Our thinking Quick reads Private equity fund economics – what a difference (or not?) a year makes
 
Private Equity
January 2021
6 min read

Private equity fund economics – what a difference (or not?) a year makes

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Every year, MJ Hudson surveys the terms of a large, diverse sample of recently-closed private equity (PE), venture capital (VC) and growth capital funds, for which we have advised either the fund manager or a prospective investor. In this article, we assess the recent trends in core economic terms. For more information, please contact one of the authors of this article or click here to download part I of our full report.

Management fees

The traditional annual fee of 2% of capital commitments is, for the fourth year running, the most ‘popular’ fee level: 53% of the funds in our 2020 survey charged 2%. But these funds only accounted for 20% of total capital targeted or raised.

Meanwhile, funds charging no more than 1.5% scooped 44% of investor commitments (compared with 52% in 2019 and 80% in 2018). A further 25% of capital was allocated to funds which charged no more than 1.75%. At the other end of the spectrum, 15% of funds (by number) set fees above the 2% mark (compared to 21% in 2019 and 12% in 2018). These only represented 1.5% of total capital sought or raised.

Partly because of their smaller average fund size, growth and VC funds tended to charge higher rates of management fee. Consistent with last year’s data, all but one of the VC funds in our sample attracted fees of 1.75% or more.

Fee discounts

Headline fee rates do not tell the whole story. Management fee rates may be discounted by a GP in order to secure the commitments of an especially large investor, or to entice an LP to commit early to the fund.

Arguably the most ‘above board’ way to do this is to codify the discount program in the LPA. That makes an investor’s qualification for a particular discount an objective matter. 12% of the funds in our 2020 survey offered conditional fee discounts in their LPAs, down from 18% in 2019 and the nearly 25% reported in our 2018 sample.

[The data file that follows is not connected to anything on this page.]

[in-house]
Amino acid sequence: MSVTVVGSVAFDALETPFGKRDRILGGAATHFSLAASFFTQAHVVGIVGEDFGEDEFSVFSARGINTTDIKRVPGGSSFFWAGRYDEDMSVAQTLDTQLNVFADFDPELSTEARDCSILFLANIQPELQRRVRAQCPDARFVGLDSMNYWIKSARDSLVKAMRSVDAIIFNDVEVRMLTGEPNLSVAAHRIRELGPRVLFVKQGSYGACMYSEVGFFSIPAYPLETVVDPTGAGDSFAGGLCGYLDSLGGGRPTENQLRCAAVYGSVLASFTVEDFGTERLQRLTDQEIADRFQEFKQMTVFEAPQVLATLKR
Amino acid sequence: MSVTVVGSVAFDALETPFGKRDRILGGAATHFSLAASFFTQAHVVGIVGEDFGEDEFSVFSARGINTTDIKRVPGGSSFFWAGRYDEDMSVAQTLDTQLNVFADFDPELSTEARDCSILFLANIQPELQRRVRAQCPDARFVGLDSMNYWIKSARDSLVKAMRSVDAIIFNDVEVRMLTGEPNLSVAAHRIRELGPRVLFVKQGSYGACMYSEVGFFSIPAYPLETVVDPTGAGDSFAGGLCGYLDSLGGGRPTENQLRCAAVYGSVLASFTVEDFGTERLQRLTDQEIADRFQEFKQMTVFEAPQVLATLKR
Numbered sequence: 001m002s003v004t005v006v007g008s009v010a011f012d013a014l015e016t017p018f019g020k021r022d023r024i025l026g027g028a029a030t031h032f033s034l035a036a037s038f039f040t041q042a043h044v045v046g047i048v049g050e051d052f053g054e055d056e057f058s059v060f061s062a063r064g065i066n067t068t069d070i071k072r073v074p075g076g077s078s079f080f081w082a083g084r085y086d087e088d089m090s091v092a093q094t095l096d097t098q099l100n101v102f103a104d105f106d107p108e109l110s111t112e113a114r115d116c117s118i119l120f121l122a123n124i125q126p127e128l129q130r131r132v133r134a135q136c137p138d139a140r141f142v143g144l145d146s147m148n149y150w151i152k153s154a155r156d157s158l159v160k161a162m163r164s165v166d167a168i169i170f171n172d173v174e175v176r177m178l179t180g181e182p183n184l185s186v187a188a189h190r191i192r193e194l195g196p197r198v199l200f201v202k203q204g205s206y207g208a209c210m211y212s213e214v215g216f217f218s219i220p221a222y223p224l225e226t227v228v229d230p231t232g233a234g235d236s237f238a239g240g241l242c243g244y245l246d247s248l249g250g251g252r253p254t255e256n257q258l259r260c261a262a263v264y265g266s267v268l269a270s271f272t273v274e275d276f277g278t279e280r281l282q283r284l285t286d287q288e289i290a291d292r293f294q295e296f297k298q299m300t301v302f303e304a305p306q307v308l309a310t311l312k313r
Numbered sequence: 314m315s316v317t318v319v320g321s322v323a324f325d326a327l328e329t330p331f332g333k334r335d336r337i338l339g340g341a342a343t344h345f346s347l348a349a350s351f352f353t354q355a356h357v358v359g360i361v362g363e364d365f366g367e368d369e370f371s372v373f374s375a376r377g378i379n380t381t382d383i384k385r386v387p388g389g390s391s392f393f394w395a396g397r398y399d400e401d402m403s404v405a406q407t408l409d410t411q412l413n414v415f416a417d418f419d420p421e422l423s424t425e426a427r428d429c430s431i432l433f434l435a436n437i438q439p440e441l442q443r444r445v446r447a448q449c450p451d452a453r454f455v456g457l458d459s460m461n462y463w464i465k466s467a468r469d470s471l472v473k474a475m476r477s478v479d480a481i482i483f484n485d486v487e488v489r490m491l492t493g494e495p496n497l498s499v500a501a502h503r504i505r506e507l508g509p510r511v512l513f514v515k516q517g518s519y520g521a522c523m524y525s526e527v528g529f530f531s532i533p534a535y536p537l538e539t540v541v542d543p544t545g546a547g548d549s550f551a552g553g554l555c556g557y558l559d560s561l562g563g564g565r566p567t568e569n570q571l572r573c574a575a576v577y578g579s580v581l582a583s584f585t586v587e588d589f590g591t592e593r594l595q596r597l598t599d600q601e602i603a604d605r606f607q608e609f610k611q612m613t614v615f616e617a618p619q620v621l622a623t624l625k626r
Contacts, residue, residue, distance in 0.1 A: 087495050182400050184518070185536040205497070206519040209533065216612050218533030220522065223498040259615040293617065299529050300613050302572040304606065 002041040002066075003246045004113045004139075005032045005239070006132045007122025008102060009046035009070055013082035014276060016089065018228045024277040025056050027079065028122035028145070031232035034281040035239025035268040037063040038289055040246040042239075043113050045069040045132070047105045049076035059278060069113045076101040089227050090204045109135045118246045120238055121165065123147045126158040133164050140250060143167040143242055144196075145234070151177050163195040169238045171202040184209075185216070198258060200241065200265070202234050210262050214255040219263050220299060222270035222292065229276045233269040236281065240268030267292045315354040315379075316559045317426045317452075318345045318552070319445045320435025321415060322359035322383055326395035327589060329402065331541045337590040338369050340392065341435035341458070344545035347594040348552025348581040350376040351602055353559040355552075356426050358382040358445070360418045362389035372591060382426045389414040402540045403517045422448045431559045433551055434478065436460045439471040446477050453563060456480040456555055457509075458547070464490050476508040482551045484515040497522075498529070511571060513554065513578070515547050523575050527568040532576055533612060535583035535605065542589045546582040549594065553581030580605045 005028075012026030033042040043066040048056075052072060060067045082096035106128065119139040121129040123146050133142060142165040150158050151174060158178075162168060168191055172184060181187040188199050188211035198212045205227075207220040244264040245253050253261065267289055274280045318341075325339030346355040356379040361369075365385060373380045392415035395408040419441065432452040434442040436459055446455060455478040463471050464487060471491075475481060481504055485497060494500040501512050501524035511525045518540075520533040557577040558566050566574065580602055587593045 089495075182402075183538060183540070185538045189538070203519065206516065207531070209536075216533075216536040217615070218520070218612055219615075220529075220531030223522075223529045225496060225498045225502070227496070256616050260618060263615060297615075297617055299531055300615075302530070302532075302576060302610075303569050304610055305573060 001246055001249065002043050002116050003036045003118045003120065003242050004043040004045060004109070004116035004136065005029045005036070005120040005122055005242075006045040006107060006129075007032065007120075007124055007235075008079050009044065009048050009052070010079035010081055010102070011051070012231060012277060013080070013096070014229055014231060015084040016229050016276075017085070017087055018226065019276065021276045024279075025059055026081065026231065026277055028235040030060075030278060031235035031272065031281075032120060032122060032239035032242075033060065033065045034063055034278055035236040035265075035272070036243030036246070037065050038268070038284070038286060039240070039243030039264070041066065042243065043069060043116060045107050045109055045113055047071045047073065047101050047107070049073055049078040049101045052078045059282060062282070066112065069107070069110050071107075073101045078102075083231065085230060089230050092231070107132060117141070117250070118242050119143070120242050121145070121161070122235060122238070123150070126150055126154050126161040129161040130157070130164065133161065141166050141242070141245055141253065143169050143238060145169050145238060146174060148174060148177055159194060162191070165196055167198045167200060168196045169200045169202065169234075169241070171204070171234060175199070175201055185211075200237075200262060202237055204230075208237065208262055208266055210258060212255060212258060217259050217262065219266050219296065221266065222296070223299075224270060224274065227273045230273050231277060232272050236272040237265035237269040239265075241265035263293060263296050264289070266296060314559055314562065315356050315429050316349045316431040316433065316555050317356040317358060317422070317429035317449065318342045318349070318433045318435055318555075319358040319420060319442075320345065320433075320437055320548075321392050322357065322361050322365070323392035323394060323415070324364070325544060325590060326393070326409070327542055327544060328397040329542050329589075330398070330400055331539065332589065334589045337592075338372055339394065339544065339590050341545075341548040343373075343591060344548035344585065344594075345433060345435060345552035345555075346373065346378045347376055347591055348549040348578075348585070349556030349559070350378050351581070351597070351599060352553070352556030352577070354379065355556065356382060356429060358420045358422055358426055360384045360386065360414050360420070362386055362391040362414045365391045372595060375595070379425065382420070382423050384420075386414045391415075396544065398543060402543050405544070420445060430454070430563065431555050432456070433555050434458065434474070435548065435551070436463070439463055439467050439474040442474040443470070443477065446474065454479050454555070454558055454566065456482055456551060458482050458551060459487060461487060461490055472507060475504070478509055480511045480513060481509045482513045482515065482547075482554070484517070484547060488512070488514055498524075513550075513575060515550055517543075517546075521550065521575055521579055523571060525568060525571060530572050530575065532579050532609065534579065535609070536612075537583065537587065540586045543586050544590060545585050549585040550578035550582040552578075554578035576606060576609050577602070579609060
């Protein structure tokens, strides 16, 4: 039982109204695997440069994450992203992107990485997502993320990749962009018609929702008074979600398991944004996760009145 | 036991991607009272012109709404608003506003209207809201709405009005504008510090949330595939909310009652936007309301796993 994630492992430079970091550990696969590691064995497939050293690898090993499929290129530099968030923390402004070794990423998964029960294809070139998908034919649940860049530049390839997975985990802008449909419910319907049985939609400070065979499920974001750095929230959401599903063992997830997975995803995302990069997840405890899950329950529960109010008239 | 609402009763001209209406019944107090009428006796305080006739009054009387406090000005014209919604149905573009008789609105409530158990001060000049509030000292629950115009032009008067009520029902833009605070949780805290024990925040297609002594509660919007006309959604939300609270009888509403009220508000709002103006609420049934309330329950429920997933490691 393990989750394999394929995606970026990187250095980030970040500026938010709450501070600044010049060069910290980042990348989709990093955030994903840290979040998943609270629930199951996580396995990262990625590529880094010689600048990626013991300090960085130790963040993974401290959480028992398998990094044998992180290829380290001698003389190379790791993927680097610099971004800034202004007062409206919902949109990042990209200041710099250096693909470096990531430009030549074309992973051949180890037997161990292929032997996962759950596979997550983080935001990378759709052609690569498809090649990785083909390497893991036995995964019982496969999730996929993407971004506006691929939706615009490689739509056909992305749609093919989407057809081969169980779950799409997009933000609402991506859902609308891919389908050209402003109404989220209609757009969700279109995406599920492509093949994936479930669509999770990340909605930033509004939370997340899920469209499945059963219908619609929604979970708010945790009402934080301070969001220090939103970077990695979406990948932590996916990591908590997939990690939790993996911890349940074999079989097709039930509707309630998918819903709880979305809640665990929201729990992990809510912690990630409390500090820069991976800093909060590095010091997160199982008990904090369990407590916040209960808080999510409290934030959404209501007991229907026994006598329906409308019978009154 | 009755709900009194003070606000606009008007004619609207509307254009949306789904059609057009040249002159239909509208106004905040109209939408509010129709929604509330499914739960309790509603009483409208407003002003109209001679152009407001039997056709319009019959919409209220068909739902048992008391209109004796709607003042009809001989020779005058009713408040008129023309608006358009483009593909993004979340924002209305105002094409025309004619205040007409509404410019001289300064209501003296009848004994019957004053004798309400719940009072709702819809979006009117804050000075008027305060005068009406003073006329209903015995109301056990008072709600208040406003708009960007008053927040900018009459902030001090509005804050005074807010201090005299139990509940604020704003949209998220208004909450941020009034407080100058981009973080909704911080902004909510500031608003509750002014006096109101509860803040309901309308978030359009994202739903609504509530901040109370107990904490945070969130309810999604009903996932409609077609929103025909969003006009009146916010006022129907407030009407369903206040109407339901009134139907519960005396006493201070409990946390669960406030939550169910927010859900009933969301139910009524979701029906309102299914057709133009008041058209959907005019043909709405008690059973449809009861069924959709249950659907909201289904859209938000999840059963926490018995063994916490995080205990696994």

This should not be taken to mean that managers are discounting less, because they can and do negotiate lower fees for investors ad hoc, via side letters. Depending on how comprehensive the fund’s most favoured nation (MFN) obligation is, these individual investor discounts may remain hidden from view or, if disclosed, will seldom be eligible for extension to the wider investor base. The persistence of these practices means that a fund’s true fee level is likely to vary from investor to investor.

In funds which spell out their discount program in the LPA, the most popular discount trigger remains commitment size: we saw that in 88% of discounting funds last year, up from 64% the year before. In addition, 50% of the 2020 cohort of funds (a big jump from last year’s 27%) offered an ‘early bird’ discount for investors who subscribed at the fund’s first closing, a stratagem that can be used to lend momentum to the fundraise.

Management fee step-down

It is conventional for the management fee to change after the investment period ends. The rationale is that, as the fund transitions from making new investments to divesting them, it repays investors’ drawn down capital, reducing both the capital base and the portfolio management burden on the manager. Moreover, once the investment period ends, the manager invariably ceases to be subject to any constraints on closing a successor fund, an activity that demands a certain portion of the manager’s time.